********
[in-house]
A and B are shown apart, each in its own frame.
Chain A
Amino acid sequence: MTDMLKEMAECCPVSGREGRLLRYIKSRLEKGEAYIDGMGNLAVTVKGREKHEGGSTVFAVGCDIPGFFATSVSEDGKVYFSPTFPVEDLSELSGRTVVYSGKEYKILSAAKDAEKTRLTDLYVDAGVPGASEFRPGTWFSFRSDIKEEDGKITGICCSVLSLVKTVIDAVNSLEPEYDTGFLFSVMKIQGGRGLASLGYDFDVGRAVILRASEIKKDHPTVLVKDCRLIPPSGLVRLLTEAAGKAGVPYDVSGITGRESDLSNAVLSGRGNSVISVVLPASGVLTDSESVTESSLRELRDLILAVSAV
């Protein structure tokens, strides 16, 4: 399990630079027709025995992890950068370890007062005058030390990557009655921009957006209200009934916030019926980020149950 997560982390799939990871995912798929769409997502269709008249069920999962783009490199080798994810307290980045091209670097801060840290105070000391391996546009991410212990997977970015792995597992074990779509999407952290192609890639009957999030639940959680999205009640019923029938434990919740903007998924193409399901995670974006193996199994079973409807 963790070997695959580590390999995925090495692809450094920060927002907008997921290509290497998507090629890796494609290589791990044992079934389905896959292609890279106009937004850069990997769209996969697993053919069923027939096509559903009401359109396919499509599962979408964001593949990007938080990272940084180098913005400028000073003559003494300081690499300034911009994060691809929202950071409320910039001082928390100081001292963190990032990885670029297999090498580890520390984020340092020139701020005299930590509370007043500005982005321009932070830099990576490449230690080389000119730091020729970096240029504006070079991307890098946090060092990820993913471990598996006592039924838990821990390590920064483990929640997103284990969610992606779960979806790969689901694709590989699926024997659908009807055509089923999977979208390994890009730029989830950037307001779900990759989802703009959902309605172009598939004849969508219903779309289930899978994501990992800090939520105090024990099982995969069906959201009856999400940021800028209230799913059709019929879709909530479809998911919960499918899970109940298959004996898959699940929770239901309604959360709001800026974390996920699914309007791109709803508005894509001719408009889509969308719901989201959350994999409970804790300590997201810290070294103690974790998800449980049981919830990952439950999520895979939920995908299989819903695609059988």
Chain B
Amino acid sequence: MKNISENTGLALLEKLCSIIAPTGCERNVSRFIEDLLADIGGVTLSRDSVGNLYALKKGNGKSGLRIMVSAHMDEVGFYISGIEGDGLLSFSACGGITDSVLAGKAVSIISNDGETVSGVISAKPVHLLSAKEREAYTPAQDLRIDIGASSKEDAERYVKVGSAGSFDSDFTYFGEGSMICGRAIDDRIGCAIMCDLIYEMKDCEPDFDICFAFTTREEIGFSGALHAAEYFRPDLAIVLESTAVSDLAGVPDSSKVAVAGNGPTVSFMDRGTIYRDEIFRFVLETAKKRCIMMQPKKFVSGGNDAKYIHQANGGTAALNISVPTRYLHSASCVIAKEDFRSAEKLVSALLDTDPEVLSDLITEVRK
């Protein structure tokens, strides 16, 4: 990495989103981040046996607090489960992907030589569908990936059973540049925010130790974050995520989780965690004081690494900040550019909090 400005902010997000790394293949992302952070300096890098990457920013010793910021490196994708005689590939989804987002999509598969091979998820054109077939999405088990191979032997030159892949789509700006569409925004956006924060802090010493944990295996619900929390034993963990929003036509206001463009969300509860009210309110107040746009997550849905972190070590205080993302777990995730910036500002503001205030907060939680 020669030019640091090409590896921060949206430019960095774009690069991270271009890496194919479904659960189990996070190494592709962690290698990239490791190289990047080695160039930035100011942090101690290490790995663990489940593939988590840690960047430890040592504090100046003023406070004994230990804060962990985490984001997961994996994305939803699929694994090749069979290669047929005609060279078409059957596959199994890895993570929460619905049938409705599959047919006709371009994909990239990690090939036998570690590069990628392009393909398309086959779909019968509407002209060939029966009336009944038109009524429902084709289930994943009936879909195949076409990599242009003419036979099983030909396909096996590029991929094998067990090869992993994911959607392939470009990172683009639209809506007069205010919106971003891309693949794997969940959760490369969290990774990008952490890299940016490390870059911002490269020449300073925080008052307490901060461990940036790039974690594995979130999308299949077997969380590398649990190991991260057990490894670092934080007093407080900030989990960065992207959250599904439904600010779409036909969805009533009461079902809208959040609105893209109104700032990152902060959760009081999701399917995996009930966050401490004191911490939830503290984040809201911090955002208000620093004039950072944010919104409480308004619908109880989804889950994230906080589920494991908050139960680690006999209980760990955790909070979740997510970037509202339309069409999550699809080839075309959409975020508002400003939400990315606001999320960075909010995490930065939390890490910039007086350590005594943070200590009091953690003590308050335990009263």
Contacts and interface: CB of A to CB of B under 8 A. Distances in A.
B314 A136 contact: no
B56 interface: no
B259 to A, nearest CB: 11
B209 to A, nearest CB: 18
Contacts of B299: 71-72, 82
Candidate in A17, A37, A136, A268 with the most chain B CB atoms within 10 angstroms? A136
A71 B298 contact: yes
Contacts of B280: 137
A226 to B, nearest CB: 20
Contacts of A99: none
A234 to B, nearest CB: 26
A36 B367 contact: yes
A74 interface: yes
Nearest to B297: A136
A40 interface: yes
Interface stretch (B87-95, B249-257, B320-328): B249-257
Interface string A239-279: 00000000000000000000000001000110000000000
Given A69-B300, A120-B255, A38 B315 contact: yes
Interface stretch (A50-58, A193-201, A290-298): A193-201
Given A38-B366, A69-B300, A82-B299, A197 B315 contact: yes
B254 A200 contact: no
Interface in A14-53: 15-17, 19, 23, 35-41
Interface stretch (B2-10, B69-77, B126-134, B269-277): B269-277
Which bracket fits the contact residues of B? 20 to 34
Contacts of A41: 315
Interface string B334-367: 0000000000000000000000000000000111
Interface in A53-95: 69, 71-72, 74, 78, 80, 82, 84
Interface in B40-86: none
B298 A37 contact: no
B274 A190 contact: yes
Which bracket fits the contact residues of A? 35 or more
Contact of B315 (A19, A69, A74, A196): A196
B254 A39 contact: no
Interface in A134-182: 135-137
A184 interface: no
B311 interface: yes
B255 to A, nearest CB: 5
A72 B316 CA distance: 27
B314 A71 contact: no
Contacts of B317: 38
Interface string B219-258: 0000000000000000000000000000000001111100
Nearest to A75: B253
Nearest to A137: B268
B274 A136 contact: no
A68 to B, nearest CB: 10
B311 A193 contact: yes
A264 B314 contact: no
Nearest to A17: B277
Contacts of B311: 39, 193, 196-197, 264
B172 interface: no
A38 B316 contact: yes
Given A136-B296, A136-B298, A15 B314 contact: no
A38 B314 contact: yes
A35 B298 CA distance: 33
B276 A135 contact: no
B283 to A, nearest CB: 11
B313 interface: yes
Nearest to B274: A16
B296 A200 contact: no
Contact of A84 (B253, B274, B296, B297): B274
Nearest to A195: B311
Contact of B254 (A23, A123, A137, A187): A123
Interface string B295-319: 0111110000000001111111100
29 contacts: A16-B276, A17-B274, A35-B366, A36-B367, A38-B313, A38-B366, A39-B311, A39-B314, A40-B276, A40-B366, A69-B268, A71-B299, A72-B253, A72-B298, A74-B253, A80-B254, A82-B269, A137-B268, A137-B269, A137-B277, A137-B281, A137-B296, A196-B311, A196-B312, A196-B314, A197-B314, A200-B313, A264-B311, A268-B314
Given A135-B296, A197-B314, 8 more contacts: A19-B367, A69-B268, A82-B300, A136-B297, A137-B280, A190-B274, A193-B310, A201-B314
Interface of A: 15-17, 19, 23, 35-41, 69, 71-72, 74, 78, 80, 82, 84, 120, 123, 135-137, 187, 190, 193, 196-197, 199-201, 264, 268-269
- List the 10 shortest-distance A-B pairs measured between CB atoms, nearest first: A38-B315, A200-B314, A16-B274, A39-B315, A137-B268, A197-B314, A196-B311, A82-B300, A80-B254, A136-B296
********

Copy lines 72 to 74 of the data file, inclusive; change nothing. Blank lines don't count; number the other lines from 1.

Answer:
Interface string B295-319: 0111110000000001111111100
29 contacts: A16-B276, A17-B274, A35-B366, A36-B367, A38-B313, A38-B366, A39-B311, A39-B314, A40-B276, A40-B366, A69-B268, A71-B299, A72-B253, A72-B298, A74-B253, A80-B254, A82-B269, A137-B268, A137-B269, A137-B277, A137-B281, A137-B296, A196-B311, A196-B312, A196-B314, A197-B314, A200-B313, A264-B311, A268-B314
Given A135-B296, A197-B314, 8 more contacts: A19-B367, A69-B268, A82-B300, A136-B297, A137-B280, A190-B274, A193-B310, A201-B314